TransCanada argues that piping is the safest way to transport petroleum over long distances and that the impact of any spill on the aquifer “would be limited to a very small area.”
Dilbit spills have already occurred in other areas. One, in July 2010, dumped about a million gallons of the substance into Michigan’s Kalamazoo River, closing the waterway to fishing and swimming for more than six months.
Meanwhile, near the mining sites in Western Canada’s Athabasca River basin, fishermen have pulled up fish with crooked spines and strange sores, and even one with two mouths.
Both the oil industry and the provincial government of Alberta have denied any link between fish deformities and the mining. But in two studies, researchers at the University of Alberta reported that near and downstream from the mines, they found higher-than-normal levels of toxic compounds that can cause cancer or developmental problems, including heavy metals such as mercury and thallium, as well as polycyclic aromatic hydrocarbons (PAHs).
“We saw the same thing for every toxin we looked at: mercury, arsenic, lead, you name it,” David Schindler, professor of ecology at the University of Alberta, told the Canadian parliament last year.
Research funded by the oil industry has suggested that the pollution around tar sands sites occurs naturally, from the deposits being exposed and washed away. But an independent panel of experts said the research failed to meet basic scientific criteria, used too few monitoring stations, and had no real baseline.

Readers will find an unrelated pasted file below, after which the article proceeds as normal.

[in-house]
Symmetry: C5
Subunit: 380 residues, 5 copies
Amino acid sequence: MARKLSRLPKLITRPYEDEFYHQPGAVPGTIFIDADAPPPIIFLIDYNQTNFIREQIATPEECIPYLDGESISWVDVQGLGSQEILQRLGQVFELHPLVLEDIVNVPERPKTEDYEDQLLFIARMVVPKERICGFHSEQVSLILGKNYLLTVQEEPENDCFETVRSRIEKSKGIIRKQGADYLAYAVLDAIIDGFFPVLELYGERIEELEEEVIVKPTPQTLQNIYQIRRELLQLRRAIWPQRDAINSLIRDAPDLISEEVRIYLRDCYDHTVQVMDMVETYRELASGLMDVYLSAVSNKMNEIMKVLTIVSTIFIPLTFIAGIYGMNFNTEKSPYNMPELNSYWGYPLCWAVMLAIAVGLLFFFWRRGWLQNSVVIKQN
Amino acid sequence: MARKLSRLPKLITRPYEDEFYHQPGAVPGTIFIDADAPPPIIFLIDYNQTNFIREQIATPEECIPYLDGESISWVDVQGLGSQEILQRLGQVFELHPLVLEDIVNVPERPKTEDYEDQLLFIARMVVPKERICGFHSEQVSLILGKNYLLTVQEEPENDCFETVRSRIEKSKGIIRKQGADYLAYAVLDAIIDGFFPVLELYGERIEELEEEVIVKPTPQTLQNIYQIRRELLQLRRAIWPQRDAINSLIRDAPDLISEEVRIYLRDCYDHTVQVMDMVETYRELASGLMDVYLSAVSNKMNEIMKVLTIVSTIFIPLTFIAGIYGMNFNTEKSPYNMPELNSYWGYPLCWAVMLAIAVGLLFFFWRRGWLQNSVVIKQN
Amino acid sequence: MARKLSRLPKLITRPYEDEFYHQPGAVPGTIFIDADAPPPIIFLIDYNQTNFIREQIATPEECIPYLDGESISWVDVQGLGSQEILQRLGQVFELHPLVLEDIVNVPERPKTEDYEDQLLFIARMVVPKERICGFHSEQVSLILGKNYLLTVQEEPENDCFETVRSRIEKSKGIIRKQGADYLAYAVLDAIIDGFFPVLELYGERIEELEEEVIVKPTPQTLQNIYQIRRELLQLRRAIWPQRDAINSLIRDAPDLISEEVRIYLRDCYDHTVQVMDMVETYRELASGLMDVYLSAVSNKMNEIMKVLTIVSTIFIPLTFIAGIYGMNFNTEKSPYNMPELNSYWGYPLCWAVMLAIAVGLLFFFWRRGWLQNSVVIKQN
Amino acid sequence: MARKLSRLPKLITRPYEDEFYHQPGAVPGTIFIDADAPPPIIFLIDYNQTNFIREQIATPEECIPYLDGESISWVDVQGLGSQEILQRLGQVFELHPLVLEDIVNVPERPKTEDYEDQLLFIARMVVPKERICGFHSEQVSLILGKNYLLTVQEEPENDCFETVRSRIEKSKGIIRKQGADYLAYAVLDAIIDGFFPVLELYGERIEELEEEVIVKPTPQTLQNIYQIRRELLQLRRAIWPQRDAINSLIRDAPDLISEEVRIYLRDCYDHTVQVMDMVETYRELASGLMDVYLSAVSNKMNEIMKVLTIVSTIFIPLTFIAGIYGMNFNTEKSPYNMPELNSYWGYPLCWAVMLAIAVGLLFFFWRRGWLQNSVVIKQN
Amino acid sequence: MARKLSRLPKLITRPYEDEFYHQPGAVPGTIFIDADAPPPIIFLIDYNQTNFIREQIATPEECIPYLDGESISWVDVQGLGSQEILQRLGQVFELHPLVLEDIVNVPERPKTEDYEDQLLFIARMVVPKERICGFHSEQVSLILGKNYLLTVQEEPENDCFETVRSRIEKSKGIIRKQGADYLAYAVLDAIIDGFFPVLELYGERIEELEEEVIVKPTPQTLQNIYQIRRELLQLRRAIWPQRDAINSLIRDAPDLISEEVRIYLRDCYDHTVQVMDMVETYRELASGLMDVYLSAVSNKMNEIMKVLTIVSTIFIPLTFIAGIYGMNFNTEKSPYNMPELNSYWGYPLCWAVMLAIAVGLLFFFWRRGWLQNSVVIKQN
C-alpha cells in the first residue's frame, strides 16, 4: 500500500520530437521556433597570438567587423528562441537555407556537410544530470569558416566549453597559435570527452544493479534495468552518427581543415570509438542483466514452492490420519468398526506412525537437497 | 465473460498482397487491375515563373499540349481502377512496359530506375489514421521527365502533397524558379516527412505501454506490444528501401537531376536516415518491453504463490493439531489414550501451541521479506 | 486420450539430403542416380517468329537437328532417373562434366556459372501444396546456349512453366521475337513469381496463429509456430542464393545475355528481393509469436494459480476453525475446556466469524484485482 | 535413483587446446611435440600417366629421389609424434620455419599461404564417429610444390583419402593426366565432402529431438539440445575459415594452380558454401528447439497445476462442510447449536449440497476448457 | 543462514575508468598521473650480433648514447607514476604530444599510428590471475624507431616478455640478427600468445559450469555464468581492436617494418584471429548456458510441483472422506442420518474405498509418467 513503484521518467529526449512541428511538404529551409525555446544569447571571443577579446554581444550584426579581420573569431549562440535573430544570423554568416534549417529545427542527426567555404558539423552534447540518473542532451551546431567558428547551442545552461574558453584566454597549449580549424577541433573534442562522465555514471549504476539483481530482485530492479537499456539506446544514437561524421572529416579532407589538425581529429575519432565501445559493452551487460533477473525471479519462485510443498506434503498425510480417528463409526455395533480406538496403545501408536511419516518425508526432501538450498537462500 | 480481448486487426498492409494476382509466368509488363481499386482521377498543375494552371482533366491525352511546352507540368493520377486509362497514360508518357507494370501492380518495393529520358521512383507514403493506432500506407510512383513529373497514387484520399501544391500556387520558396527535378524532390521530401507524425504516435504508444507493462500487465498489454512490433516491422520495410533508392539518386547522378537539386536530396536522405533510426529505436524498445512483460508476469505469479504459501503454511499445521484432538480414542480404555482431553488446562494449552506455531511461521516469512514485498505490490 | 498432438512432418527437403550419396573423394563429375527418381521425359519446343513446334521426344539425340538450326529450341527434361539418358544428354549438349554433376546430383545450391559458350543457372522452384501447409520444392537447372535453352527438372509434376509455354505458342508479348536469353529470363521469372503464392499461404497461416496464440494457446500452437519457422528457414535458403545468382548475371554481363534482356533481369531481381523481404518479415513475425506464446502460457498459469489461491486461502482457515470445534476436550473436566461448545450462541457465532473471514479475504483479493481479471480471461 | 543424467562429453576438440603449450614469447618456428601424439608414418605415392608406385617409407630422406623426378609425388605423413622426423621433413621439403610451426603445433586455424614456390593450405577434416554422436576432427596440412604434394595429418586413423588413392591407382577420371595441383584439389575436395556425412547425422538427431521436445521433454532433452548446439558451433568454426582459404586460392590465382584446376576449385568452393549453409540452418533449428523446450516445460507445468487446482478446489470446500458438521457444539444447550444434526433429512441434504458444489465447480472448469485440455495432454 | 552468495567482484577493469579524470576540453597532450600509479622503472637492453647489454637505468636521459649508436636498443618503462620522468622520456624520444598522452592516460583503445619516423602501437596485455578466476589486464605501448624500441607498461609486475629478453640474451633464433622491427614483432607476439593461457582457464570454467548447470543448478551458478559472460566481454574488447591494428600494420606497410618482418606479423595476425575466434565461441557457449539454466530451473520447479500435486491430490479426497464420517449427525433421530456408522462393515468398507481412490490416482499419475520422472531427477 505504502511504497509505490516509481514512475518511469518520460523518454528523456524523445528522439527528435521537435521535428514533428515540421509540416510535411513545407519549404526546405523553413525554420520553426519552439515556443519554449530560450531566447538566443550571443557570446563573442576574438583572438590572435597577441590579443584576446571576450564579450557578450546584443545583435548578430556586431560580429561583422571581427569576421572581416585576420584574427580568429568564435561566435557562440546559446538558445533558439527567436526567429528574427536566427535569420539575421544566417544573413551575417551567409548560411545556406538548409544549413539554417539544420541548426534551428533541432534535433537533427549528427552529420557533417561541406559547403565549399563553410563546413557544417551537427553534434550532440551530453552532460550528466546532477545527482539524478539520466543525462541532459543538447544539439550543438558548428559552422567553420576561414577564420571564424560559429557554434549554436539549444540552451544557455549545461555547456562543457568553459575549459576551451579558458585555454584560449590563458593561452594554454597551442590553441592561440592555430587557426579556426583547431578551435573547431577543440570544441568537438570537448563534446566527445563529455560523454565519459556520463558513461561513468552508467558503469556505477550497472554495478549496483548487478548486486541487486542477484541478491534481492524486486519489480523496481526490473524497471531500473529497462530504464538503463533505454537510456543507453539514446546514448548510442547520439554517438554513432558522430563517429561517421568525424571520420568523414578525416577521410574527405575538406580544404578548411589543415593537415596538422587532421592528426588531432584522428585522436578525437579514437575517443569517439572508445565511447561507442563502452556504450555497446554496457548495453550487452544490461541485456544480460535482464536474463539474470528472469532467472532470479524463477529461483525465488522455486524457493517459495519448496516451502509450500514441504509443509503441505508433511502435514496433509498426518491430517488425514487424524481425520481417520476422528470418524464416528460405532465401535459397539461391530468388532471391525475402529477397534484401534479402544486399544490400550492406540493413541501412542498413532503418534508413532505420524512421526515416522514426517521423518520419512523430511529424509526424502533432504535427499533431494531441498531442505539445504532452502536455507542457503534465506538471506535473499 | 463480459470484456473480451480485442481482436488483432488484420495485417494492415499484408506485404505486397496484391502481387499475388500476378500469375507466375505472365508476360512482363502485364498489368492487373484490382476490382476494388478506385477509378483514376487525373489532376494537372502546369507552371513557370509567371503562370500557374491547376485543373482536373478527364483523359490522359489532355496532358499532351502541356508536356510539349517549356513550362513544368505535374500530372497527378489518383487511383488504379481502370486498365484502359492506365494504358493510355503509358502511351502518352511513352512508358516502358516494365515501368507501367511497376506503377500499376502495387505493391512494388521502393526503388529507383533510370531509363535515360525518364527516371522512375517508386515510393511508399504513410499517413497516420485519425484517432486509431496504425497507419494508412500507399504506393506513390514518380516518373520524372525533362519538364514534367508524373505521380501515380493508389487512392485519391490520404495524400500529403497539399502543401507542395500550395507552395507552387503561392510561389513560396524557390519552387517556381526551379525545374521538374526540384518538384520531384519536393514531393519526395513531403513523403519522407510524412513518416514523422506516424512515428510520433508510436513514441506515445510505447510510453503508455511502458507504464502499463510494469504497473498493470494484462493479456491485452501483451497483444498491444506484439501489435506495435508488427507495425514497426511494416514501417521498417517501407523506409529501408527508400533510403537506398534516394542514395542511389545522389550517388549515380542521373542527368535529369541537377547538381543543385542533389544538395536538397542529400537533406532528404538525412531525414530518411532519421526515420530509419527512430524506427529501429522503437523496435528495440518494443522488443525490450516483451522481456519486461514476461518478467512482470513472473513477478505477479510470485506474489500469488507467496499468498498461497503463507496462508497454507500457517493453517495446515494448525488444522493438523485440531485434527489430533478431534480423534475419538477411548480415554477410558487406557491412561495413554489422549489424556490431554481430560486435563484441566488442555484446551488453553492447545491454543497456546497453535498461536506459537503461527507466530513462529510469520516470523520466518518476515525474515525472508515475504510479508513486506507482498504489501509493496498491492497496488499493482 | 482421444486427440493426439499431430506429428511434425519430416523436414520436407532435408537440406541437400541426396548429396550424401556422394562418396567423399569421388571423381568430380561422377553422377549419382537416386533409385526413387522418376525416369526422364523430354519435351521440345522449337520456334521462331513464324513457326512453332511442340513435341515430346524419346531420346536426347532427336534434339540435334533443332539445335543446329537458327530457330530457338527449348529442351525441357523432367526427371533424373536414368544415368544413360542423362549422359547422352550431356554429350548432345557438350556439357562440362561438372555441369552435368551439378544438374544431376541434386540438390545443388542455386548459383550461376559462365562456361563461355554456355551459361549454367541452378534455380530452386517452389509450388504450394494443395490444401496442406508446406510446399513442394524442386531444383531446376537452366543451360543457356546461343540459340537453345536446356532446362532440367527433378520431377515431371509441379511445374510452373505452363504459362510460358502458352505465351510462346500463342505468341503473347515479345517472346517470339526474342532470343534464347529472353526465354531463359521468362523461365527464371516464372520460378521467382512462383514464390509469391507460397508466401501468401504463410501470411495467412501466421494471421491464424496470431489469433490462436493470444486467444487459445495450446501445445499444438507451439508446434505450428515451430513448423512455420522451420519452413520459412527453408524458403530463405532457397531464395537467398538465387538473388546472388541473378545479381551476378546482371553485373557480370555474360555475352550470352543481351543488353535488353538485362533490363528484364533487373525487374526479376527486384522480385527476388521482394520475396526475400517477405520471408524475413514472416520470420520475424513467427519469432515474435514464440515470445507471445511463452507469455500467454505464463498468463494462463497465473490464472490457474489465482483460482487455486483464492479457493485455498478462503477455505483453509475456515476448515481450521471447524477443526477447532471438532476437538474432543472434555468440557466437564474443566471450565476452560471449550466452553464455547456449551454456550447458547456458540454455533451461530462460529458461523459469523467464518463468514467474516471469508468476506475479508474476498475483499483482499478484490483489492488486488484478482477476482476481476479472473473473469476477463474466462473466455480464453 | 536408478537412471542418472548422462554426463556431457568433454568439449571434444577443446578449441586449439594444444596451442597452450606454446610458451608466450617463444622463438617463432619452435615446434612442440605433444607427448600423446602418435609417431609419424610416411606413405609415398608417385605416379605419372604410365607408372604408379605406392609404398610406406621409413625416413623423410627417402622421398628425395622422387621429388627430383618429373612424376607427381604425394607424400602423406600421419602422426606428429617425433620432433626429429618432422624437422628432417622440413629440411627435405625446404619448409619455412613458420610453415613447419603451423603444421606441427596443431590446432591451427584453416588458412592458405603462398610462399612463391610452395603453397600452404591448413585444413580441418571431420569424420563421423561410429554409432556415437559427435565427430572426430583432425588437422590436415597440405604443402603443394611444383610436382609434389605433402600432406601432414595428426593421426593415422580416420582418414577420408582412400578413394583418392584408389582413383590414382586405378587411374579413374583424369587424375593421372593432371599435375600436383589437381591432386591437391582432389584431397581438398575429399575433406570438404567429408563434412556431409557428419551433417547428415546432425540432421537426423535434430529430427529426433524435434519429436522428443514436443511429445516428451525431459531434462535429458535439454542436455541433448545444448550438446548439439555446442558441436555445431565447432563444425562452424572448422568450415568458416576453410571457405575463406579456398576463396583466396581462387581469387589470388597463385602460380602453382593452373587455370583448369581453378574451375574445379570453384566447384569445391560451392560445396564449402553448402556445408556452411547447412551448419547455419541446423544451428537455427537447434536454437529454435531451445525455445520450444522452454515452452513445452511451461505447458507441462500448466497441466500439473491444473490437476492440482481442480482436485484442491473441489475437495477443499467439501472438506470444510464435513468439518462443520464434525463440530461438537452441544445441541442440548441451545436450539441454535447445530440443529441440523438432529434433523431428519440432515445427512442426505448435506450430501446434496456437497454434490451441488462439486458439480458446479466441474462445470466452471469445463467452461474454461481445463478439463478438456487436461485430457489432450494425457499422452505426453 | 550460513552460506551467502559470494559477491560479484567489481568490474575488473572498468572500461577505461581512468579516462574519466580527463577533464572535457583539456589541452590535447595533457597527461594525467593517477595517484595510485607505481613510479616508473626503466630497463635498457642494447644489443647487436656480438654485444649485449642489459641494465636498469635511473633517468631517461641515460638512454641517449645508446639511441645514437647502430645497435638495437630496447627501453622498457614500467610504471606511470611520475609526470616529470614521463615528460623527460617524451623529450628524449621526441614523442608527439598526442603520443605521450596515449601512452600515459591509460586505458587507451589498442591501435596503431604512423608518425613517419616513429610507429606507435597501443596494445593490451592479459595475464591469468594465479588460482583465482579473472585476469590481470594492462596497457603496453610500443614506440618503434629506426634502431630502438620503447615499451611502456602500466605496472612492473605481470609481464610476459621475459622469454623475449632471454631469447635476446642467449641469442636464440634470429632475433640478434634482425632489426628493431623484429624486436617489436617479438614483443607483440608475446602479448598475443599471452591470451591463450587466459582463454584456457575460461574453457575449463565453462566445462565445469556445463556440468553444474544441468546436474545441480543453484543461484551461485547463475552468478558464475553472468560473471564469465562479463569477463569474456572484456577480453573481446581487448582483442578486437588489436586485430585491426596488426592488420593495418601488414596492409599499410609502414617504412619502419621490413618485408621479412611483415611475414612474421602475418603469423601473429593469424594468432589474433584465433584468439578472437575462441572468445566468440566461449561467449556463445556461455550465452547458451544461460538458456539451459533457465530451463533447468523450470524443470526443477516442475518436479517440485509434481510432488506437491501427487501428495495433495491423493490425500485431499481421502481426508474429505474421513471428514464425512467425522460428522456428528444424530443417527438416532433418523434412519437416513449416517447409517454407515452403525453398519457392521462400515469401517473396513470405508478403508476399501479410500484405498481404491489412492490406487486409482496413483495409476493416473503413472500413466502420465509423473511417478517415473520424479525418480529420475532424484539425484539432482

(Related: "A Quest To Clean Up Canada's Oil Sands Carbon")
Panel member Monique Dubé, an aquatic toxicologist at the University of Saskatchewan, said, “There’s no question there’s contamination in the air, water, and land from the oil sands.”
To move forward, the pipeline needs the approval of the U.S. State Department. But even with that, it is still likely to confront local opposition. “I am not opposed to pipelines in Nebraska,” U.S. Sen. Mike Johanns, a Republican, said in a statement. But he faults the environmental review and wants the U.S. government to explore other options. “We have only one Ogallala Aquifer,” he said, “and we must take seriously our obligation to protect it.”
The World's Water
The world's increasing population and development of agricultural land are putting pressure on the Earth's limited freshwater supplies. Find out what's at stake and how you can help.
Learn more about the world's water challenge with photos, stories, videos, and more.
You might be surprised to see how the daily choices you make affect critical watersheds around the world.
Water Currents, by Sandra Postel and Others
A year in the making, this video highlights nature's splendor.
A wetland flourishes in Mexico thanks to a treatment plant.
Scientists investigate the impacts of "micro plastics" on lake ecosystems.
Connect With Nat Geo
Stories From Experts in the Field
National Geographic Fellow Zeb Hogan tells us what needs to happen in order to save the region's giant fish.
Sunita Narain tells us how one remote village is setting an example for the rest of the country—and world.
National Geographic Freshwater Fellow Sandra Postel describes one of the biggest success stories in urban water management.